In our continued study of the Pre-Raphaelites, we looked at one of the founding members Dante Gabriel Rossetti's Found. Rosetti said that this was his only attempt at a major painting which embodies all the principles of the Pre-Raphaelite theory (accurate painting from nature of contemporary subjects which carried a moral message.) First I had them look at the painting and get all they could out of it from looking at it.
Then I told them some of the background of the painting. This painting was inspired by William Bell Scott's poem (1837-53) "Rosabell" (later re-titled "Maryanne") which contrasted the wholesomeness of the country with the illness and depravity of the city. According to the Delaware Art Museum's guide, "Found shows the moment in which the young farmer bringing his calf to market in the early light of dawn finds his ex-sweetheart, who has broken with him in order to seek her fortune in the city...has become a worn and ashen-faced" (woman.)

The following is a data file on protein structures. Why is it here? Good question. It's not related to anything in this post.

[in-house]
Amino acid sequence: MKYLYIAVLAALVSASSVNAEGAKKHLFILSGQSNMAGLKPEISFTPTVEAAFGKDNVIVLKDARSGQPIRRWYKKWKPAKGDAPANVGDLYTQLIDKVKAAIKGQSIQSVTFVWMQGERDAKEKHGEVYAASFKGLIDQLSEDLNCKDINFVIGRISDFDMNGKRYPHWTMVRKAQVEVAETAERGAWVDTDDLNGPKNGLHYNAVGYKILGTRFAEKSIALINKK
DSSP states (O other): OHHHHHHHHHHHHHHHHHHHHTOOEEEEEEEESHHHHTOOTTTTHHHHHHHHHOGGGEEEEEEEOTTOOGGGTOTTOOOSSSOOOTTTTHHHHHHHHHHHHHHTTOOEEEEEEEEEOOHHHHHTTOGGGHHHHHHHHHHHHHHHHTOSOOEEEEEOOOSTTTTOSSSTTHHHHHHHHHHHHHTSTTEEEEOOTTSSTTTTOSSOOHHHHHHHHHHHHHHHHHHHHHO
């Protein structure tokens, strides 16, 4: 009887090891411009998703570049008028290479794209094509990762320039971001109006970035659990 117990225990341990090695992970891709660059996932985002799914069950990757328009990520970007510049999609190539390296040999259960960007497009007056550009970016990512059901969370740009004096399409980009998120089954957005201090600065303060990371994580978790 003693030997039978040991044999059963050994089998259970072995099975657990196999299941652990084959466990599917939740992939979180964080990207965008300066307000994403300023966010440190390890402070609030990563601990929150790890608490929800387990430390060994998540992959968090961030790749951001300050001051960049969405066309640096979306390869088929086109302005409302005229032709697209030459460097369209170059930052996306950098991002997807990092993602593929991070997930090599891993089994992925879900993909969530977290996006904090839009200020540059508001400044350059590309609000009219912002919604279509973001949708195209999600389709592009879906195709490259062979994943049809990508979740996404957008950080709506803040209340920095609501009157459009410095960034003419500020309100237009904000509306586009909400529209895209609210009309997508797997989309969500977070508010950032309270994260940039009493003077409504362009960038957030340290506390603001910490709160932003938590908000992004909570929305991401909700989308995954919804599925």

I then invited them to make a picture that tells a story themselves. Quentin elected instead to make a copy of the painting. He spent a long time trying to get all of the elements of the picture as well as their colors as accurately as possible.
|"It has the man in it. The black dot is the cannon. The red wheels is the wagon in which the lamb is on. The purple is the building and the blue is the sky." -Quentin, age 4|
|"It is a picture about the game Viva-Pinata. Professor Pestor got out of his lair and he bashed the chewnicorn but then the gardner put in a flaming sword that keeps the Ruffians and Professor Pestor away." -Sam, age 11|
|"It has been in a big war. At the top is the sunset and there is like a sword in the sky. There are broken buildings and their walls. Some of the people are sick. There is a broken cannon in the ground like in the Found picture." -James, age 7|